Machine Learning and NLP Are Emerging as Key Tools for Diagnosing Alzheimer’s Disease


Winterlight Labs, a spinoff from the University of Toronto, is using natural language processing (NLP) and machine learning to identify people with Alzheimer’s disease (AD) and other forms of dementia based on patterns in their recorded speech.

Why There Is a Need

The World Health Organization estimates that 47.5 million people in the world have dementia, which is defined as a chronic or persistent disorder of the brain marked by lapses in memory, personality changes, and impaired reasoning. Alzheimer’s disease accounts for 60% to 70% of the cases of dementia. In developed countries, AD is one of the most costly of all diseases to treat.

Every year in the United States, 236,000 people are diagnosed with AD. There are an additional 100,000 healthy individuals over the age of 60 who seek AD screening. Current paper and pen-based screening tests for Alzheimer’s disease can require five visits, take 15 hours to complete, and cost over $8,000. Examination of brain tissue is still needed for a definitive diagnosis.

Alzheimer’s is a disease that usually starts slowly and gets worse over time. Approved Alzheimer’s medications can help temporarily with memory symptoms but there is no cure. Finding a cure for AD has attracted a significant amount of funding and there are currently more than 200 active clinical trials focused on dementia in North America.  In these clinical trials alone, Winterlight estimates that its technology could save pharmaceutical companies $32 million if the company’s artificial intelligence (AI) technology was used to screen patients in place of current paper-based approaches. As the population ages and new medications are developed for AD, the demand for screening is likely to increase substantially.

How it Works

Dementia is often linked to language, and AI tools such as NLP and machine learning can be used to identify cognitive impairment. Winterlight has developed a tablet-based prototype that asks people to describe what’s happening in an image, encouraging them to speak for anywhere from 1 to 5 minutes. The language sample recording is then transcribed using a speech recognition system. Over 400 features of the sample including acoustic, lexical, syntactic, and semantic measurements are extracted into various categories. A machine learning classifier is then used to analyze the results. Machine learning classifiers are algorithms that have been trained to organize data into categories.  In the case of AD, the classifiers have been trained to distinguish between a healthy individual and a person with the disease. In tests, the prototype currently has an 81% accuracy rate in classifying speech samples.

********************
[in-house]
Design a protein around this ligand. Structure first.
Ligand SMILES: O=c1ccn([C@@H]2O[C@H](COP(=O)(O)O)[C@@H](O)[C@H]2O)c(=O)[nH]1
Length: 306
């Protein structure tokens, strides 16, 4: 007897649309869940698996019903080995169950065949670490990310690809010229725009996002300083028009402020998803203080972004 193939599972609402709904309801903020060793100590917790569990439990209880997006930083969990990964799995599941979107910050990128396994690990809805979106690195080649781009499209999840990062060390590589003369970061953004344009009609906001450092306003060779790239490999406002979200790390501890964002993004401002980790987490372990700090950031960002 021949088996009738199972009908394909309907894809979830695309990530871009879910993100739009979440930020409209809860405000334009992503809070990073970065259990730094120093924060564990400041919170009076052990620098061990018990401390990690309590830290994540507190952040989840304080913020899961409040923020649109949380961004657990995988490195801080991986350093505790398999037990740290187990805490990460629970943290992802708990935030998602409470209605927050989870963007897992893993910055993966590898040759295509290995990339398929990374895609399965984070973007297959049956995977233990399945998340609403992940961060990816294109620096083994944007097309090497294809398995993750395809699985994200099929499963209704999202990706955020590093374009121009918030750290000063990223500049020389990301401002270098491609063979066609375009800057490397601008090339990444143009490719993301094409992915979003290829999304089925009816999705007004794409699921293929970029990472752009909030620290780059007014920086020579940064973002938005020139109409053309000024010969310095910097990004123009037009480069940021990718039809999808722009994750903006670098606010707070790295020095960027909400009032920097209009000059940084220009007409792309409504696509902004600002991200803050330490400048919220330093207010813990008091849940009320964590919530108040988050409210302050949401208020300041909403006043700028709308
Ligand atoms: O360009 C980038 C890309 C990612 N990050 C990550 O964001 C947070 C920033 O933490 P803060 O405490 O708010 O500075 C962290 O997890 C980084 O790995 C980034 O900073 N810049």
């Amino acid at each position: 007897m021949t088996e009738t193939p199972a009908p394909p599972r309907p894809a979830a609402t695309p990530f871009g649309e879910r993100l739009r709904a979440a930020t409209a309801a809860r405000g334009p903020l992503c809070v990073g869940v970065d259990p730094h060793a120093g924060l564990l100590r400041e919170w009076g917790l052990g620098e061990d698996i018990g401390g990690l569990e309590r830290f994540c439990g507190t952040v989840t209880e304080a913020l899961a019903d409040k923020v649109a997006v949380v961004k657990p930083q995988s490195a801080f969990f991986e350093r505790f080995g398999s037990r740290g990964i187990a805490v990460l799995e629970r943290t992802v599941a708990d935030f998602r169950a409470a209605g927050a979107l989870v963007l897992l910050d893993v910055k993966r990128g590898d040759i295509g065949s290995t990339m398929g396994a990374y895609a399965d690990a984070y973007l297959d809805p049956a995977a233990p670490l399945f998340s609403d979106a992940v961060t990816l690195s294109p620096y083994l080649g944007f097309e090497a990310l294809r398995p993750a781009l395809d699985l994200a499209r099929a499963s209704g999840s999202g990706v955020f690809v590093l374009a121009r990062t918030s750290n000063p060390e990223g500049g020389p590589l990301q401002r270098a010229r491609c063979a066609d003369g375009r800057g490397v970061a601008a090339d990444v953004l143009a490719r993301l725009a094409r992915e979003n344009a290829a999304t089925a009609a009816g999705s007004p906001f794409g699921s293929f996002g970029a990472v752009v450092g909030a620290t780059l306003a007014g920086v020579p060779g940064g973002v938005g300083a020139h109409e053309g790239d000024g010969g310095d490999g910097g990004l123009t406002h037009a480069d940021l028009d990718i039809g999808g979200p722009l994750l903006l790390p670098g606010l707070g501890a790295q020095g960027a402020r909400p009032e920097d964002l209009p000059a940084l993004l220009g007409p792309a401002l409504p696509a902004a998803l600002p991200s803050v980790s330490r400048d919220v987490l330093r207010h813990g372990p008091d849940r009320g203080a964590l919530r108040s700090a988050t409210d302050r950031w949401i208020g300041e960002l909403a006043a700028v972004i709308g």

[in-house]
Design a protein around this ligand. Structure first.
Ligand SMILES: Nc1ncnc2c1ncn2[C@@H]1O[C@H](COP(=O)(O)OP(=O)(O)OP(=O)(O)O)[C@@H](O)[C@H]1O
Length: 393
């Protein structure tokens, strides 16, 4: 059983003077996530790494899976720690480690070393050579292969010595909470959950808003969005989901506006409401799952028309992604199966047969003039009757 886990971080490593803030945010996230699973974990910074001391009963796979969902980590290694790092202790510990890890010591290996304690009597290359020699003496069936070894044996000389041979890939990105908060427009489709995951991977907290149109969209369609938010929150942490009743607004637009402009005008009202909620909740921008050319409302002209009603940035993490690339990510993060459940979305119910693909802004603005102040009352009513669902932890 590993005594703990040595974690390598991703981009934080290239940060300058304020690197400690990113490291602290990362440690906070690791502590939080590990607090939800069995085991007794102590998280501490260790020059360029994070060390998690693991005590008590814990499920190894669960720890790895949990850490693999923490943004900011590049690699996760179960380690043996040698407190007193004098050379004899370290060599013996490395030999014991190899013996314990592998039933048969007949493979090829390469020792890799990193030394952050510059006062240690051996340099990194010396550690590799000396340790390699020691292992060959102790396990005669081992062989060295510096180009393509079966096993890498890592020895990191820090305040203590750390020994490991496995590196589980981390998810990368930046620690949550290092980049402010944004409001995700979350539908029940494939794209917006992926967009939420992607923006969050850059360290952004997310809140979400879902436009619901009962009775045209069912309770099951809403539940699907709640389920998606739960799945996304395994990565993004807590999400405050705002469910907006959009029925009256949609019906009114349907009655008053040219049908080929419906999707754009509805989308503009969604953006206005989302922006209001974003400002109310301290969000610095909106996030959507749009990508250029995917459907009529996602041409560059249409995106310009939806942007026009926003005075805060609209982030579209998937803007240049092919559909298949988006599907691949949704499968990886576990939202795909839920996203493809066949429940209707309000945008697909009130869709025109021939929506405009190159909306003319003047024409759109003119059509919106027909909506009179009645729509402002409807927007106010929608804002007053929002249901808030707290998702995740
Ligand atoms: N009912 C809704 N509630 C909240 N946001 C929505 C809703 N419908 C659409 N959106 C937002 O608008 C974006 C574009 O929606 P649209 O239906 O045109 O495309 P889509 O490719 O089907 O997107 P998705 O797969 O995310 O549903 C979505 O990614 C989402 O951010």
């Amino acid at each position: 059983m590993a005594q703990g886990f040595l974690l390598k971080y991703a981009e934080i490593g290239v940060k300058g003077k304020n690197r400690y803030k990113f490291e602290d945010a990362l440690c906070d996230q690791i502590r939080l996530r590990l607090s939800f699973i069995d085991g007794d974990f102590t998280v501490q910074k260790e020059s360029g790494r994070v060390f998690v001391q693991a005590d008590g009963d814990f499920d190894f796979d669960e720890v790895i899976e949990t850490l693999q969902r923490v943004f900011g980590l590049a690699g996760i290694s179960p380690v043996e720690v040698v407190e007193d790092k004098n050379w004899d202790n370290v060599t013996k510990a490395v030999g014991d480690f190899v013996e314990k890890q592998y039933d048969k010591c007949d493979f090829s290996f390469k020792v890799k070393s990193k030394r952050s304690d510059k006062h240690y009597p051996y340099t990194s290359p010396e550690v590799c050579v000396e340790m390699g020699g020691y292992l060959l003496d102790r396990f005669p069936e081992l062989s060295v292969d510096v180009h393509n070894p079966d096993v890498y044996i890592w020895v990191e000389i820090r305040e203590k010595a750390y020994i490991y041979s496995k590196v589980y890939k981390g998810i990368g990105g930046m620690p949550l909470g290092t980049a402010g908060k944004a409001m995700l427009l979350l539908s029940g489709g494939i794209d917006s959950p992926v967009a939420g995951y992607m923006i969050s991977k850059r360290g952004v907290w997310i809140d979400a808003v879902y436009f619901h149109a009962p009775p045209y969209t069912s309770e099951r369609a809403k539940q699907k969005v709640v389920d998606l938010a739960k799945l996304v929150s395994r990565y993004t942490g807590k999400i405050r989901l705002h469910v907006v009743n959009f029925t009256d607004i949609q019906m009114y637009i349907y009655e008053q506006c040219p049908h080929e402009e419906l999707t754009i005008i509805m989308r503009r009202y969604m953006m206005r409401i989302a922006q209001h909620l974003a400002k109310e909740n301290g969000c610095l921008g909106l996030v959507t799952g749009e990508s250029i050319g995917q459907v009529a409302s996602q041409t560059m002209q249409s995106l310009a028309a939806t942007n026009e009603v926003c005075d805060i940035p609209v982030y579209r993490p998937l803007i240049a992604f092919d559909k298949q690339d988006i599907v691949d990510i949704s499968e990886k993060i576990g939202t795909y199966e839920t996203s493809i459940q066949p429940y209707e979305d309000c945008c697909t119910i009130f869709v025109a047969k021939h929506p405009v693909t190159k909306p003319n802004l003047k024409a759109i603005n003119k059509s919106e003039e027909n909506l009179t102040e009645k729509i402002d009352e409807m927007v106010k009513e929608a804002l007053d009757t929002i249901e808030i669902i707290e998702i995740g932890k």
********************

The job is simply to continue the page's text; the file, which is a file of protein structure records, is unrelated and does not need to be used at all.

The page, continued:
Besides cost savings, Winterlight’s technology has a high level of accuracy and the approach is applicable to not only screening for dementia but also early detection and monitoring the disease over time.  Currently, the software can only do screening on population-level data, but the company is looking into applying it on a personalized level, analyzing individuals’ changes in speech over time. Winterlight plans to conduct pilot studies involving seniors living in Toronto retirement homes this summer to gather more individual data.


In medical statistics, false positives and false negatives are errors that result in incorrect diagnoses. In a false positive outcome, a person without AD could be classified as having the disease.  In a false negative outcome, a person with AD could be classified as not having it. Since there are multiple forms of dementia, and some cognitive impairment is a natural consequence of aging, false positives seem especially likely. Examination of brain tissue is likely to remain the only way to definitively diagnose the disease. As long as there are no cures, the downside of a false diagnosis seems harmless.  From a business model perspective, the ability to diagnose a disease but not prescribe a cure limits the market for the product.

The Path Forward

As treatments for AD are developed, approved, and promoted, the need to screen patients will grow according. Since systems such as Winterlight’s technology are based in part on machine learning, their results are very likely to improve over time, yielding more accurate results and overcoming many of the current challenges related to false diagnoses.

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